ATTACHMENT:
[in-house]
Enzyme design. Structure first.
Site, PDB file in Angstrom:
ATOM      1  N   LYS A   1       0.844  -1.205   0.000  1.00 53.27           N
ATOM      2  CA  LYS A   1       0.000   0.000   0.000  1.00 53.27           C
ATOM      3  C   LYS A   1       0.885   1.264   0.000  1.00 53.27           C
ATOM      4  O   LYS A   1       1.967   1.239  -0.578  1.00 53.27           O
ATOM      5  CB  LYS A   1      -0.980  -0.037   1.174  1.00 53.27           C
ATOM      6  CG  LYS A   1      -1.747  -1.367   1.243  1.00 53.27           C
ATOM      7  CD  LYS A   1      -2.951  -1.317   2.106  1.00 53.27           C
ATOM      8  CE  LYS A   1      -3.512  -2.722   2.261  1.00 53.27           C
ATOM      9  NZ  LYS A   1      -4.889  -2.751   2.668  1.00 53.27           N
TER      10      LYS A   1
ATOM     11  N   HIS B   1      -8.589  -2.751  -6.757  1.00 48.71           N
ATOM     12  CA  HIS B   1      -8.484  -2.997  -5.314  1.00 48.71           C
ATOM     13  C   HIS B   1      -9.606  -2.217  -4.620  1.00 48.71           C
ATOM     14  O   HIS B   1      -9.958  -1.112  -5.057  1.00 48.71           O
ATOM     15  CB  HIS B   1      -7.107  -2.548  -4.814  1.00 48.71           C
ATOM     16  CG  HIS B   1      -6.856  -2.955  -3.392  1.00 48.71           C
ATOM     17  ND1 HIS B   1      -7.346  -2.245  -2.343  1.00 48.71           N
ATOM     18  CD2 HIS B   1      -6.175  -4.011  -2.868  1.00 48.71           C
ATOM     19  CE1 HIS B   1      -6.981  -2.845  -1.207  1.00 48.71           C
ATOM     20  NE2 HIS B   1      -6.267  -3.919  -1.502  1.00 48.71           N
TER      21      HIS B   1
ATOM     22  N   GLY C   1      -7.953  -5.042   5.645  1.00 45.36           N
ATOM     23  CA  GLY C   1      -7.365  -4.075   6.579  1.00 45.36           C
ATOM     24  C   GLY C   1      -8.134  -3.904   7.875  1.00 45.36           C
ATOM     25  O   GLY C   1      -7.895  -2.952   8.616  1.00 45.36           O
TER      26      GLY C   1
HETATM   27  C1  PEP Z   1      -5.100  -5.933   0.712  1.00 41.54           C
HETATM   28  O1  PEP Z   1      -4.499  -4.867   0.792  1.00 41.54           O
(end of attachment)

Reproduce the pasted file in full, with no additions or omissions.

[in-house]
Enzyme design. Structure first.
Site, PDB file in Angstrom:
ATOM      1  N   LYS A   1       0.844  -1.205   0.000  1.00 53.27           N
ATOM      2  CA  LYS A   1       0.000   0.000   0.000  1.00 53.27           C
ATOM      3  C   LYS A   1       0.885   1.264   0.000  1.00 53.27           C
ATOM      4  O   LYS A   1       1.967   1.239  -0.578  1.00 53.27           O
ATOM      5  CB  LYS A   1      -0.980  -0.037   1.174  1.00 53.27           C
ATOM      6  CG  LYS A   1      -1.747  -1.367   1.243  1.00 53.27           C
ATOM      7  CD  LYS A   1      -2.951  -1.317   2.106  1.00 53.27           C
ATOM      8  CE  LYS A   1      -3.512  -2.722   2.261  1.00 53.27           C
ATOM      9  NZ  LYS A   1      -4.889  -2.751   2.668  1.00 53.27           N
TER      10      LYS A   1
ATOM     11  N   HIS B   1      -8.589  -2.751  -6.757  1.00 48.71           N
ATOM     12  CA  HIS B   1      -8.484  -2.997  -5.314  1.00 48.71           C
ATOM     13  C   HIS B   1      -9.606  -2.217  -4.620  1.00 48.71           C
ATOM     14  O   HIS B   1      -9.958  -1.112  -5.057  1.00 48.71           O
ATOM     15  CB  HIS B   1      -7.107  -2.548  -4.814  1.00 48.71           C
ATOM     16  CG  HIS B   1      -6.856  -2.955  -3.392  1.00 48.71           C
ATOM     17  ND1 HIS B   1      -7.346  -2.245  -2.343  1.00 48.71           N
ATOM     18  CD2 HIS B   1      -6.175  -4.011  -2.868  1.00 48.71           C
ATOM     19  CE1 HIS B   1      -6.981  -2.845  -1.207  1.00 48.71           C
ATOM     20  NE2 HIS B   1      -6.267  -3.919  -1.502  1.00 48.71           N
TER      21      HIS B   1
ATOM     22  N   GLY C   1      -7.953  -5.042   5.645  1.00 45.36           N
ATOM     23  CA  GLY C   1      -7.365  -4.075   6.579  1.00 45.36           C
ATOM     24  C   GLY C   1      -8.134  -3.904   7.875  1.00 45.36           C
ATOM     25  O   GLY C   1      -7.895  -2.952   8.616  1.00 45.36           O
TER      26      GLY C   1
HETATM   27  C1  PEP Z   1      -5.100  -5.933   0.712  1.00 41.54           C
HETATM   28  O1  PEP Z   1      -4.499  -4.867   0.792  1.00 41.54           O